Federal Charges Being Considered Against Scott Roeder


Federal investigators have announced that they are looking into filing federal charges against Scott Roeder, the man who was recently convicted in Kansas for the murder of Dr. George Tiller.

Roeder, who was found guilty of first degree murder after less than one hour of jury deliberation, may also possibly be charged via the federal Freedom of Access to Clinic Entrances Act, a law created to stop abortion clinic violence. Additional charges could bring about an even longer sentence for Roeder, who will learn how much prison time he will serve this March.

There may be multiple reasons to invoke the Freedom of Access to Clinic Entrances Act, the Wichita Eagle reports:

Why push for federal charges when prosecutors already are assured of a long sentence?

"Additional penalties that can be assessed," said Richard Levy, a University of Kansas law professor who followed Roeder’s trial. "That way, they could avoid any chance of him ever being paroled.
"Another reason for a federal prosecution is that if there might be others involved, a federal case might provide a vehicle for getting that information, whereas the state may not have an interest or the wherewithal to investigate a conspiracy that involves people in several states."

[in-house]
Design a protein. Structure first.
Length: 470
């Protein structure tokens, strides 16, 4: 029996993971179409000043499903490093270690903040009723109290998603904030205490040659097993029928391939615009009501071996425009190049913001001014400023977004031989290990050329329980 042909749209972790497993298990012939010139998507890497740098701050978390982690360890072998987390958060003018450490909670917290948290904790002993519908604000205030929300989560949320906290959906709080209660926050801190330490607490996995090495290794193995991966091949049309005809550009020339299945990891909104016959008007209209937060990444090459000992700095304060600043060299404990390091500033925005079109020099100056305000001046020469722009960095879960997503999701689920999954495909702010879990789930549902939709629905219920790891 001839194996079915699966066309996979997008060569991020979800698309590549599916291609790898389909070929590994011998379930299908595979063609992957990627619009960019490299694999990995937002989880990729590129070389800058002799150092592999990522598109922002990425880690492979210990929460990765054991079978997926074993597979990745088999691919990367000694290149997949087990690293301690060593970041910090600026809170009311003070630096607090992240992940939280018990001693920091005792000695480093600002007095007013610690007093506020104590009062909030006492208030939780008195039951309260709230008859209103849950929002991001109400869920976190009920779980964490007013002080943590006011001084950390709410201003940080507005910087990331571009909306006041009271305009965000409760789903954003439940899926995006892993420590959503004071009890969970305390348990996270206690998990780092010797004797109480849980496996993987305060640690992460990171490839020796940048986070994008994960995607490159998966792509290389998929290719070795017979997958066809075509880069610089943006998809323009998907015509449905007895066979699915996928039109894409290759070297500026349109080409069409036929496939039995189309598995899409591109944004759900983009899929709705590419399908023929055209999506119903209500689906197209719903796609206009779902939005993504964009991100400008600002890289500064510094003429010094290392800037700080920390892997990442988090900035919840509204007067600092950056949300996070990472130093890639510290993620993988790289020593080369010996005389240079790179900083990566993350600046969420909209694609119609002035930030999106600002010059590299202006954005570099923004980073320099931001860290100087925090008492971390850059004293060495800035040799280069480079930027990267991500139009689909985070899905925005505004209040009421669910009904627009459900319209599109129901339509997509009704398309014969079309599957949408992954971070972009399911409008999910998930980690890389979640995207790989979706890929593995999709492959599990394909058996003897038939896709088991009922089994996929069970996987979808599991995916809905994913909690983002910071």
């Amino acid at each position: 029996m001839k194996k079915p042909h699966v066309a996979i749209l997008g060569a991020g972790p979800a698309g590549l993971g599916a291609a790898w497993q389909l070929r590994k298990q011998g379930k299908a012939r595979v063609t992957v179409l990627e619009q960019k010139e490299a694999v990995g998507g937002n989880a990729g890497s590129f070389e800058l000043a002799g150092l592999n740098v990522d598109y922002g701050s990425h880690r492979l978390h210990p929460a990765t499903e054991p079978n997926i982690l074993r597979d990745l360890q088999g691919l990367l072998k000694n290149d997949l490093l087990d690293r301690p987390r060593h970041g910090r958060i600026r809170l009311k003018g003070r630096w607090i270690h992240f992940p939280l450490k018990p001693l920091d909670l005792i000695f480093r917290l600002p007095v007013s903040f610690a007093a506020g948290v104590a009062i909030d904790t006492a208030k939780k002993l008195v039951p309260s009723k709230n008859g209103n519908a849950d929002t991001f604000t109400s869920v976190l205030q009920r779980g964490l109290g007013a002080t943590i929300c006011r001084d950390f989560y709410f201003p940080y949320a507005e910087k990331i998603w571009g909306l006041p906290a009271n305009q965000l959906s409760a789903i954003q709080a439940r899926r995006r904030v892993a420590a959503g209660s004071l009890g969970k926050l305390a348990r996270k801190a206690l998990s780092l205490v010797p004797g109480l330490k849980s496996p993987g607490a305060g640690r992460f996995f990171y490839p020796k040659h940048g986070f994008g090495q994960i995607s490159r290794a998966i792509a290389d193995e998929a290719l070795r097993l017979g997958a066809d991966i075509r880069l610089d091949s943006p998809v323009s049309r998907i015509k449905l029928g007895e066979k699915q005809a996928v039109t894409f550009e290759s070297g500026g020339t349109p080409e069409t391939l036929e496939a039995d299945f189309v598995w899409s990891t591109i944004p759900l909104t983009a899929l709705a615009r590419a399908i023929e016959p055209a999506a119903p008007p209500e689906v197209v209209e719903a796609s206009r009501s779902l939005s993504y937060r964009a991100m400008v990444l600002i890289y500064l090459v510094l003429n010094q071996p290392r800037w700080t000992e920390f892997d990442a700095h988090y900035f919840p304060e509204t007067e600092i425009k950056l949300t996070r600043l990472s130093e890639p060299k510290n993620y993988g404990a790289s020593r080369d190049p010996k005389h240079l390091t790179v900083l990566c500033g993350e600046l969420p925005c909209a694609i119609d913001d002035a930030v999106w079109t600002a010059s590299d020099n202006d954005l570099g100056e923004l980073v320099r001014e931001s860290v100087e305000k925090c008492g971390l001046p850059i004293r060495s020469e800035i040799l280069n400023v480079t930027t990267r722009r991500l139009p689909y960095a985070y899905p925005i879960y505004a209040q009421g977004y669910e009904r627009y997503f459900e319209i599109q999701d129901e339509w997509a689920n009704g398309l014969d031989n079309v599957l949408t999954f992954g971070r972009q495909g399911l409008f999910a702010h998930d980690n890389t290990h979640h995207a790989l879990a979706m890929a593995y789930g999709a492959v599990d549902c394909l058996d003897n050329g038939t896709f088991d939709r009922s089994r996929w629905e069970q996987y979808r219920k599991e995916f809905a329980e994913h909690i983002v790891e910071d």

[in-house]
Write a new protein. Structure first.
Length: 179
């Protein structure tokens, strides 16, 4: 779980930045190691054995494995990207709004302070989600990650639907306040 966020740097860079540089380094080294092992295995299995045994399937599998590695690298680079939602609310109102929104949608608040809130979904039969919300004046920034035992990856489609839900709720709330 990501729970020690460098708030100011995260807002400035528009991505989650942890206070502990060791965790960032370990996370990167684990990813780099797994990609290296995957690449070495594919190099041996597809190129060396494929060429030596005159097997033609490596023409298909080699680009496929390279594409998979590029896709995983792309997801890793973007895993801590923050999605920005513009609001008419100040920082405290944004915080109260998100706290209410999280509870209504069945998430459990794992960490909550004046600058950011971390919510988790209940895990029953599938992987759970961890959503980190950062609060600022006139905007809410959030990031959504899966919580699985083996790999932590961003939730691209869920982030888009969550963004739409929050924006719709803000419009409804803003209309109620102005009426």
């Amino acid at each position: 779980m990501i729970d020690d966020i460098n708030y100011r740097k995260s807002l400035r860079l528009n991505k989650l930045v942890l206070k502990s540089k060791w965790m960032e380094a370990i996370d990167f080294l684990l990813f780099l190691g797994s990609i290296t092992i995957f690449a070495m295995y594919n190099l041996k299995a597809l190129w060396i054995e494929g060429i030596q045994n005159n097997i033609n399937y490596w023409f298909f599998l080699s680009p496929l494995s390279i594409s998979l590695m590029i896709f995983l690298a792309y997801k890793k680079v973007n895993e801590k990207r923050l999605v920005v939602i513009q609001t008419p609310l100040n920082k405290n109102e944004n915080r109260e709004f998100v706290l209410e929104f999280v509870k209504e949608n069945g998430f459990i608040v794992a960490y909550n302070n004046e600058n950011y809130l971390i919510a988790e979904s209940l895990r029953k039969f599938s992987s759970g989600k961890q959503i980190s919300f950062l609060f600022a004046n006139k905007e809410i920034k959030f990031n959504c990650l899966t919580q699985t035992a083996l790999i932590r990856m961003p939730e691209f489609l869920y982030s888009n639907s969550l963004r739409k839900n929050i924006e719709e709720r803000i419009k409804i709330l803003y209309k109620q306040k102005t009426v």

Vicki Saporta, president of the National Abortion Federation, said federal charges also "really do help prevent other violent activity. It serves as a deterrent for those who might want to follow in their footsteps."

Prosecutors in the Kansas murder are pushing for a life sentence, with no possible parole for 50 years.  Federal charges could change that to life in prison with no chance for parole.

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  • prochoiceferret

    Roeder, who was found guilty of first degree murder after less than one hour of jury deliberation, may also possibly be charged via the federal Freedom of Access to Clinic Entrances Act, a law created to stop abortion clinic violence.

    It would have been nice if they had done this back when he was still putting glue in clinic door locks.

    Additional charges could bring about an even longer sentence for Roeder, who will learn how much prison time he will serve this March … Prosecutors in the Kansas murder are pushing for a life sentence, with no possible parole for 50 years. Federal charges could change that to life in prison with no chance for parole.

    Sorry, Mr. Roeder, but wishful thinking won’t make murdering abortion providers legal in this country. Have a nice rest of your life… not!